According to NIHODS, there are no risks of adverse health effects from consuming green tea as a beverage, and most reported adverse effects from green tea extract are mild to moderate (including nausea and abdominal discomfort).

Bitter Orange

Bitter orange is the common name of Citrus aurantium, a fruit that contains p-synephrine and other protoalkaloids. The synephrine alkaloids purportedly mimic the effects of epinephrine and norepinephrine, leading to increased energy expenditure, lipolysis, and a suppressed appetite.  

Supplements typically combine bitter orange with other ingredients, limiting our understanding of its efficacy. Still, most evidence suggests that bitter orange can aid in weight loss. In one study, for example, a group of 20 overweight adults consumed supplements containing 975 mg bitter orange extract, 528 mg caffeine, and 900 mg St. John’s wort, or a placebo. Those taking the treatment had a significantly greater reduction in body fat than the control group. 

However, according to NIHODS, some products containing bitter orange may raise safety concerns, with reported adverse effects including chest pain, headache, anxiety, elevated heart rate, and others. Since supplements often contain multiple ingredients, it’s unclear whether bitter orange or other substances were responsible for these negative health outcomes. 

Conjugated Linoleic Acid

Conjugated linoleic acid (CLA) is present in dairy products and beef, but is also available in dietary supplements as a triacylglycerol or as a free fatty acid. Research suggests that CLA assists with weight loss by reducing lipogenesis, increasing lipolysis and fatty acid oxidation in skeletal muscle, and promoting apoptosis in adipose tissue.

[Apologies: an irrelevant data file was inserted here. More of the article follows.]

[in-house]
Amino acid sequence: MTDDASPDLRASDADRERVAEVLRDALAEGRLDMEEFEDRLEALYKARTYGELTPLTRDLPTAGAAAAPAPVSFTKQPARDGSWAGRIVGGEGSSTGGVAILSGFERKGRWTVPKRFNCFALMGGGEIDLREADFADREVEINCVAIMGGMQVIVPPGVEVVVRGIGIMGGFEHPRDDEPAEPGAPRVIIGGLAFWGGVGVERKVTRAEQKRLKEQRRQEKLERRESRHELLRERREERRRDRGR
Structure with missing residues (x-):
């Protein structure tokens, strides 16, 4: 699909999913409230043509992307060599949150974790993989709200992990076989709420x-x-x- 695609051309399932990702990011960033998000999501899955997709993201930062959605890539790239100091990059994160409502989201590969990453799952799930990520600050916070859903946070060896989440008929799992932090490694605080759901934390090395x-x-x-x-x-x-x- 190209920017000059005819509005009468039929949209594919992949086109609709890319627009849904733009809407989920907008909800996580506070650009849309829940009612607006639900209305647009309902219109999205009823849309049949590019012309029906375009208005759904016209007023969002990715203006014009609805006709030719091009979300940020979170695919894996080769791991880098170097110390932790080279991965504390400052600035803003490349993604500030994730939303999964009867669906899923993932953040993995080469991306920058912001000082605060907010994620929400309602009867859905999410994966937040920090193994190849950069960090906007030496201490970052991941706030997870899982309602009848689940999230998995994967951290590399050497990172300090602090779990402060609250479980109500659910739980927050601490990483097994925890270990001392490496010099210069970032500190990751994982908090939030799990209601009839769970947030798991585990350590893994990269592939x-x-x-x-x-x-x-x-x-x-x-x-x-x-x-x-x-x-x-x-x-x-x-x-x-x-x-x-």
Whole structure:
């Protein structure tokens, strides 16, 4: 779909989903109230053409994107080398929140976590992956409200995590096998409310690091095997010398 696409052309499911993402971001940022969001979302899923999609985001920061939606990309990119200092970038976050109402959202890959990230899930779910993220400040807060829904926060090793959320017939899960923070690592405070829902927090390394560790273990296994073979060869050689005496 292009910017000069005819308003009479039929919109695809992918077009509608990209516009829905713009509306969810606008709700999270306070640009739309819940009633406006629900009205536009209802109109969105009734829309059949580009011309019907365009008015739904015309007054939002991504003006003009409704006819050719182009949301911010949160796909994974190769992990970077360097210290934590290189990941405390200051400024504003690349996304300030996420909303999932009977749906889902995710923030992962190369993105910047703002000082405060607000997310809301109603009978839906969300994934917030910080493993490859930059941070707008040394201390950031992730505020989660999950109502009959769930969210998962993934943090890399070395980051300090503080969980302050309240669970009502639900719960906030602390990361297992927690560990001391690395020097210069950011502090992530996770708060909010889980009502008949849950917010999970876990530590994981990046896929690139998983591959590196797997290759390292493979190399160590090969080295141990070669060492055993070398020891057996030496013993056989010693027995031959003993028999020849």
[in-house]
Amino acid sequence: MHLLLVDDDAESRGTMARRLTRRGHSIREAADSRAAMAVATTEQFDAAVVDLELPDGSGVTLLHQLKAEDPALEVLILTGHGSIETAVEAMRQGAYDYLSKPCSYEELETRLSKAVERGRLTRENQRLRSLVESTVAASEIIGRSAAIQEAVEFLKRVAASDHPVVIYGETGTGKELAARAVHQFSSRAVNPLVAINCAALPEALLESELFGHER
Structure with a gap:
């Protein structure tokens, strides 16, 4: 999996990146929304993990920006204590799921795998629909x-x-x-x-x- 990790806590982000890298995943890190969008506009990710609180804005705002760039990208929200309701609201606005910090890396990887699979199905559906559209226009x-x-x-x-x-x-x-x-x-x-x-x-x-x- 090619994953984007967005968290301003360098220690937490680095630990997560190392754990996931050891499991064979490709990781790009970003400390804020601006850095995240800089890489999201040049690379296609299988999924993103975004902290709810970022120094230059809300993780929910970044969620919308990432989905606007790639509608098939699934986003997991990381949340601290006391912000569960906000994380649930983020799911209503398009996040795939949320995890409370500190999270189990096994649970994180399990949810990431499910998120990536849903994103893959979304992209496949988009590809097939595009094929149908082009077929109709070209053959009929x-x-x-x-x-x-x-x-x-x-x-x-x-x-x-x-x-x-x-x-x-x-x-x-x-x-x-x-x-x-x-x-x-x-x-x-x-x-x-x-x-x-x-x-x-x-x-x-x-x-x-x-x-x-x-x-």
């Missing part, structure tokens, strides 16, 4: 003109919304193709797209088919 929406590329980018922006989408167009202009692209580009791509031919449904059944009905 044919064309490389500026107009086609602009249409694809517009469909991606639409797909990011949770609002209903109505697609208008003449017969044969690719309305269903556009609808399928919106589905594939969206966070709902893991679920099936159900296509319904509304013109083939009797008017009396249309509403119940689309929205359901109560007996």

While there is a fair amount of evidence for CLA’s weight management qualities, much of the corresponding research has been conducted on animals. Some studies, however, indicate its efficacy in humans, too. For example, one study examined the effects of CLA supplementation on 180 overweight male and female volunteers, over a year. Researchers found that those who received CLA had lost far more body fat mass than those taking a placebo.

According to the NIHODS, CLA is well-tolerated and most reported adverse effects (primarily gastrointestinal disturbances) are minor. 


Capsaicin, the substance that gives chili peppers their fiery heat, has long been thought to have anti-obesity effects, due to its ability to increase energy energy expenditure and lipid oxidation, mediate insulin responses, and increase feelings of fullness. 

While studies have indicated that capsaicin can aid weight-loss, they have primarily focused on energy intake and appetite, rather than body weight. However, evidence from those studies is compelling. For example, a review published in Bioscience Reports in 2017 cites several studies that found that capsaicin supplementation can result in abdominal fat loss, increased resting energy expenditure, and enhanced lipid oxidation. 

According to NIHODS, supplementing 4 mg of capsaicin daily may cause gastrointestinal distress, but is otherwise safe.